Whiz-Bangs Krumps and Coalboxes

16th October 1916 Monday

All material produced or reproduced here and throughout this work is the sole copyright of the author and the family of Doctor D.C.M. Page MC.

The week before reporting back on duty for the start of the Battle of the Somme, Douglas Page, after sampling the delights of London had spent the week at home in Edinburgh visiting his family.

Close family friends at the time were the Sturrocks of Leith. John and Annie M.M. Lloyd Sturrock had a proud young son Thomas Gibbs Gordon, known as Gordon. Gordon had a younger sister Elizabeth Mary, known as Elma, who was about five years younger than her brother. Whilst at home Douglas had enjoyed a long motor car joy ride with Mrs Sturrock, young Elma and his Mother. We haven’t as yet learned how they became betrothed, but in just over three years Douglas and Elma were to be married.

Meanwhile, like most young men of the time, Gordon Sturrock had enlisted to defend King and Country as a Second Lieutenant in the Royal Scots, 17th Battalion. He was gazetted as a temporary second lieutenant on the 1st July 1915. The 17th Battalion Royal Scots was raised as part of Kitchener’s new army following the setbacks of 1914.

It was a Bantams Battalion, for men that were perfectly able but lacked the minimum height requirements of the regular army, but officers of the Bantam regiments were usually of normal height.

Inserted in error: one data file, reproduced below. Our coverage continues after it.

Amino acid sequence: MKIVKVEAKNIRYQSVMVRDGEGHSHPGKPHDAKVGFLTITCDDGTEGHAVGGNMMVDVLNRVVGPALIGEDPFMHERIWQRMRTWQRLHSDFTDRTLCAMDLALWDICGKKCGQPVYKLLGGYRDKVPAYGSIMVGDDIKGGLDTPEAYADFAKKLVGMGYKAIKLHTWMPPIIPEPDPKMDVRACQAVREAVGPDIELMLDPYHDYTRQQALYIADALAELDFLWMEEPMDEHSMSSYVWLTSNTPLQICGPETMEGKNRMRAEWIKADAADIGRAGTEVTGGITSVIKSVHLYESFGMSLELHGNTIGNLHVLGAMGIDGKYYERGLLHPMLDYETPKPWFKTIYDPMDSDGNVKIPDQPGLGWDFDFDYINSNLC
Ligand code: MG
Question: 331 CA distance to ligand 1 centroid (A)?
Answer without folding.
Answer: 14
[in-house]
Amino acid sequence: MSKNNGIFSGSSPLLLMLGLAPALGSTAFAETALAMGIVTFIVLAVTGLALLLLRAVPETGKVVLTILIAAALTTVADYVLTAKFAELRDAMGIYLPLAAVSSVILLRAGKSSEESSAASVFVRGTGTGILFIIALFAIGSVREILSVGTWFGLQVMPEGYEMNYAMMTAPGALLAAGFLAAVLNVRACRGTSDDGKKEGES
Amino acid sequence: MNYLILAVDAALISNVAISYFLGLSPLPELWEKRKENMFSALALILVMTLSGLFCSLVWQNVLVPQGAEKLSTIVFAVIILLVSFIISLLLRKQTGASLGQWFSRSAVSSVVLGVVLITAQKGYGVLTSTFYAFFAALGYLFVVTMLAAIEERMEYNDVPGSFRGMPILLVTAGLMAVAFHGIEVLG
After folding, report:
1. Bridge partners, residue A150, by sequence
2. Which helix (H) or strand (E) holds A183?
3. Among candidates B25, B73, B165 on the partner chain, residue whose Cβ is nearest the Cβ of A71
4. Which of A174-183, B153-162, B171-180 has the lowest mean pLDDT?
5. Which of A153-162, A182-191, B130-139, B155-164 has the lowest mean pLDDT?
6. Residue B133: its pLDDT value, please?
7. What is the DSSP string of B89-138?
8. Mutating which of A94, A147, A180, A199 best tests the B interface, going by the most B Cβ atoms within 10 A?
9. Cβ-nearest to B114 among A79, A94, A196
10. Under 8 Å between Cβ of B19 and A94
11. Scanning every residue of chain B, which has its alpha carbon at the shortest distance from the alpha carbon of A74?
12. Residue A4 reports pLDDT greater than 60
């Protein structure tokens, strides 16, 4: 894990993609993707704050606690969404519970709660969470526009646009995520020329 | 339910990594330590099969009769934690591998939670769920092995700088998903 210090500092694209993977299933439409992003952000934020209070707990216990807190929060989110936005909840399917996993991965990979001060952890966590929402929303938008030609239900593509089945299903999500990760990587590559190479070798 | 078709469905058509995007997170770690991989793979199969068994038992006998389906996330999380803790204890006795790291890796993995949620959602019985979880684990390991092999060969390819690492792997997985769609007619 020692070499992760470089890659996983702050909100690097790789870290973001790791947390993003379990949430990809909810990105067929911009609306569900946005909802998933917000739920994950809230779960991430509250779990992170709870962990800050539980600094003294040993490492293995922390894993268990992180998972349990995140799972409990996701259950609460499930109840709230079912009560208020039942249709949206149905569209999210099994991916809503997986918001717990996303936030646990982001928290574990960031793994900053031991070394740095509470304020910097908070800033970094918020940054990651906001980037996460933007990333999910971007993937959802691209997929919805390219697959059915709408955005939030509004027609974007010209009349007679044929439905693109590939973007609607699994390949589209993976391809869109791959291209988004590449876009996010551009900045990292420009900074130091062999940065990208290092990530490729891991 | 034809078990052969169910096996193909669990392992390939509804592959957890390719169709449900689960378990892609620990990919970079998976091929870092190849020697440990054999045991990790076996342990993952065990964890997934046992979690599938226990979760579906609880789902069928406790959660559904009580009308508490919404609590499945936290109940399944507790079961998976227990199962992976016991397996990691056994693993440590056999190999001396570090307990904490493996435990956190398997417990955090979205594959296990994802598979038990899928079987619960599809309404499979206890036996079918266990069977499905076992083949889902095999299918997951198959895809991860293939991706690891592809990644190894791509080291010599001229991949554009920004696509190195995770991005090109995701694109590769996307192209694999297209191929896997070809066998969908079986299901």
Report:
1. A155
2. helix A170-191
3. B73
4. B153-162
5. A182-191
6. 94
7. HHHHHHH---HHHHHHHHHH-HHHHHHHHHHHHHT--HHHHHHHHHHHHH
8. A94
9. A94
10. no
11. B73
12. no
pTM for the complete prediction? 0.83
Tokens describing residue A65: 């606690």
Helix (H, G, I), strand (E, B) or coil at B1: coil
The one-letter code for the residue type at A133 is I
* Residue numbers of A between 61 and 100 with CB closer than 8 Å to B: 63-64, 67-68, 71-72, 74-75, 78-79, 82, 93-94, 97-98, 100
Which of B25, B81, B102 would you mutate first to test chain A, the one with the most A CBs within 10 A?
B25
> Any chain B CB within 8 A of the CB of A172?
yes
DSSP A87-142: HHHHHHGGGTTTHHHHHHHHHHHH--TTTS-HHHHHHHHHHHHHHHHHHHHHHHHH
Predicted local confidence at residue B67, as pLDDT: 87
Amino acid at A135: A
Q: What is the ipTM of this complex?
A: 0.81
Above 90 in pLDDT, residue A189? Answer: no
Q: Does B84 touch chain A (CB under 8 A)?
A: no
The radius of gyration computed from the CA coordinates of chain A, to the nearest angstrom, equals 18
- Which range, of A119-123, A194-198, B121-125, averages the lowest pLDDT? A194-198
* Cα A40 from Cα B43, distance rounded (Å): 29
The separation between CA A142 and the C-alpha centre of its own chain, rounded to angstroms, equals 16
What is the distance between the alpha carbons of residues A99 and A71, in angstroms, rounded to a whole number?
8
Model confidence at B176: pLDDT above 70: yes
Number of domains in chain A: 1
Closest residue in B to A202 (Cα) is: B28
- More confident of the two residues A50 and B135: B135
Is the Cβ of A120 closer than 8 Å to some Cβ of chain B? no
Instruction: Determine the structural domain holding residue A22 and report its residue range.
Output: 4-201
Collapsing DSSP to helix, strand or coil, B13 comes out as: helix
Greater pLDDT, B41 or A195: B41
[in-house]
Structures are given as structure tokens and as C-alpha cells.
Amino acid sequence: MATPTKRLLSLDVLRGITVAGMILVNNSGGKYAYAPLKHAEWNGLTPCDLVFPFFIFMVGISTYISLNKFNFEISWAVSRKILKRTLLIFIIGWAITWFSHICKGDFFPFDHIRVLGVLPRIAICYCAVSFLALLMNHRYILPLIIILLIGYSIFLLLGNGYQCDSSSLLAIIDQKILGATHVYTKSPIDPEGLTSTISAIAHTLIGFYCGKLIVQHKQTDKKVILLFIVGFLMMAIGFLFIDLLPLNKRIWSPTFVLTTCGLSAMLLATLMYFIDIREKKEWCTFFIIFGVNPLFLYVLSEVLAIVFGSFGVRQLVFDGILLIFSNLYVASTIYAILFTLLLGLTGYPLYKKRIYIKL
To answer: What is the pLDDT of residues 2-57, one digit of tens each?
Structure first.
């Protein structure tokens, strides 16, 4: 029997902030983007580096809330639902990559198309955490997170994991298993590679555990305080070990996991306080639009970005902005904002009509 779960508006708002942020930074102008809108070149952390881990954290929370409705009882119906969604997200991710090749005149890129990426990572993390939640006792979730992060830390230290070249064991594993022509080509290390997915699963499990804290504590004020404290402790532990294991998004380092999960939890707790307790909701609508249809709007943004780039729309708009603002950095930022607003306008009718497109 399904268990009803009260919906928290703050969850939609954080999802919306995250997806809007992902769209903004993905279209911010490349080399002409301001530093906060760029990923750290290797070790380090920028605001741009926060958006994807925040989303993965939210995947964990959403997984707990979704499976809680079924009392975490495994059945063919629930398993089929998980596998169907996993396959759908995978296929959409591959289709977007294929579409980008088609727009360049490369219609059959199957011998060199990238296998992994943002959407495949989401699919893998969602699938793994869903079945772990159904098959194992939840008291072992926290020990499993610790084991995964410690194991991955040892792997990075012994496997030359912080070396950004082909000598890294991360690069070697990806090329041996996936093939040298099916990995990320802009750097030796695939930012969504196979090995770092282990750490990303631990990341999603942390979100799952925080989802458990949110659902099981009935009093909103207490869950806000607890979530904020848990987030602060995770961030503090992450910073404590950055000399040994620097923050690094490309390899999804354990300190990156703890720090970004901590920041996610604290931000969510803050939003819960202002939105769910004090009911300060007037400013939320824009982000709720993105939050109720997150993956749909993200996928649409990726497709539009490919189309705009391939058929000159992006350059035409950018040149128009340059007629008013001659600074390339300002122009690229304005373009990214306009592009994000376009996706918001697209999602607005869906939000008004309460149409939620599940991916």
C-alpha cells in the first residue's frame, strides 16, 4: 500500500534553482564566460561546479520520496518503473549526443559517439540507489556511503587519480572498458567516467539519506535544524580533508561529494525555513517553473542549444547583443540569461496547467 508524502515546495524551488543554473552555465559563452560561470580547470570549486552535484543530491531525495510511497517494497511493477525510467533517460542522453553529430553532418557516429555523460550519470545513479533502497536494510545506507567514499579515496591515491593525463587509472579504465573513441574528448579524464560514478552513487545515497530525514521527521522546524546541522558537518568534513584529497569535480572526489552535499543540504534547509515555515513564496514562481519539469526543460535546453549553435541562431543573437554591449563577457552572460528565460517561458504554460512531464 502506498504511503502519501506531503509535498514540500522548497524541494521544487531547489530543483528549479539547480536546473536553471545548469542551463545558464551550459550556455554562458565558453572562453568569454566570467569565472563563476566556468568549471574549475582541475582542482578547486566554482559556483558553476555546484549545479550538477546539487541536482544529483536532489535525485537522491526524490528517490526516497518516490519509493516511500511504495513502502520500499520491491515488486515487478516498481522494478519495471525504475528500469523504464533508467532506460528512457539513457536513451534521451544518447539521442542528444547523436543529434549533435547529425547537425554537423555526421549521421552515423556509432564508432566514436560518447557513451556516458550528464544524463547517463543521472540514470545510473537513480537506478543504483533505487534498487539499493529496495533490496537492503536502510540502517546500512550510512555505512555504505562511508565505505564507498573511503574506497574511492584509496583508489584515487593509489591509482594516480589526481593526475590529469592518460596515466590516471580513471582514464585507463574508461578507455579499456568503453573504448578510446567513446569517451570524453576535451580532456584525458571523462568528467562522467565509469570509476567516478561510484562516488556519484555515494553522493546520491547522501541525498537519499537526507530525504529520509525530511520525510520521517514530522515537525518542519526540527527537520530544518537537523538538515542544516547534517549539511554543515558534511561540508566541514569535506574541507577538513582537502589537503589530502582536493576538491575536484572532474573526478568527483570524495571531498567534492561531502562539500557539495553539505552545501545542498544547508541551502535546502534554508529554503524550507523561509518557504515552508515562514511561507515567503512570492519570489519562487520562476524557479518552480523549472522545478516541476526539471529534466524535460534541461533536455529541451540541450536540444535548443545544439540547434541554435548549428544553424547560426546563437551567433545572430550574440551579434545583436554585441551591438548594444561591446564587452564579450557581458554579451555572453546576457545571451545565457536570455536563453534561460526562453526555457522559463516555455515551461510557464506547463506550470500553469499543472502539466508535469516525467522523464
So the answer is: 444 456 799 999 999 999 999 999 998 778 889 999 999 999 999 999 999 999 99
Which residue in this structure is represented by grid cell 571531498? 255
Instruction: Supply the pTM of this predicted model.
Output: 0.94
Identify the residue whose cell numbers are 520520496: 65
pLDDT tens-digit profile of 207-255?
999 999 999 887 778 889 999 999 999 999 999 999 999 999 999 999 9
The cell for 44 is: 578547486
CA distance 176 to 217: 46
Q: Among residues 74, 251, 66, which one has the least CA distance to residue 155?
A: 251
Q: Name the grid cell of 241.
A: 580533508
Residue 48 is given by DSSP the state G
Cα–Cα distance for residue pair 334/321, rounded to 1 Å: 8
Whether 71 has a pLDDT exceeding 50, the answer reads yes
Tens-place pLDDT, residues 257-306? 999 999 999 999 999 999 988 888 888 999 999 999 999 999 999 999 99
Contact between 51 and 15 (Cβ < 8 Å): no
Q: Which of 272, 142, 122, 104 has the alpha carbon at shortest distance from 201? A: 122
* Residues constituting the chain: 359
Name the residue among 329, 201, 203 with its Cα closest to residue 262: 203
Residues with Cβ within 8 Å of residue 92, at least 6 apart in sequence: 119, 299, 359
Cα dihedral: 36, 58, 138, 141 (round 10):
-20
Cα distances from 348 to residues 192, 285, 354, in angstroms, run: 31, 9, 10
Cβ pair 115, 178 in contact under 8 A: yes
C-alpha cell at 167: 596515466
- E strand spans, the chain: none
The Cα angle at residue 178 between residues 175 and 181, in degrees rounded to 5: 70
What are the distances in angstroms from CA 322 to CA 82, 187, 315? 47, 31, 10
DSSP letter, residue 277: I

The fledgling airborne service the Royal Flying Corps was busily recruiting men. This would come from two sources, from fresh recruits as they signed on for military service and from within the existing military, with men volunteering to join the new flying service. As the war progressed most recruits into the R.F.C. were recruited directly. Gordon however, was seconded to the R.F.C. from the Royal Scots and as 2nd Lieutenant became an observer officer.

Royal Flying Corps recruiting poster

RFC recruiting poster

In the late afternoon of Monday 16th October 1916, Gordon and his pilot 2nd Lieutenant Charles Moore Kelly prepared their Morane Saulnier BB, serial number A137 for a mission. This was a French built bi-plane with a crew of two and would fly to around 13,000 ft. Many were fitted with a front facing Lewis machine gun and could be used as a fighter as well as reconnaissance aircraft. The observers’ duties would be to navigate and to direct gunfire on the ground by observing the fall of artillery fire and redirecting as needed. They would also be responsible for the photographs that would prove invaluable in providing the information in planning battles etc.

Charles’ and Gordon’s Morane had been delivered at the end of April 1916 and was one of the type fitted with the more powerful Le Rhône 9J 110 hp engine. Many had to make do with a less powerful 80 hp version due to the wartime shortages.

Along with four other aircraft, they were to take part in escorting a reconnaissance mission to fly from Bailleul in what is now the Nord region of French Flanders, across to near the Belgian border, north of Lille, behind the German lines.

The group took off from their base in Bailleul and headed east toward the front line. The leader was to make the reconnaissance and the four other aircraft flying to the side and the rear were the protective escort. Writing in March 1918, 2nd Lieutenant Kelly tells us the story from there: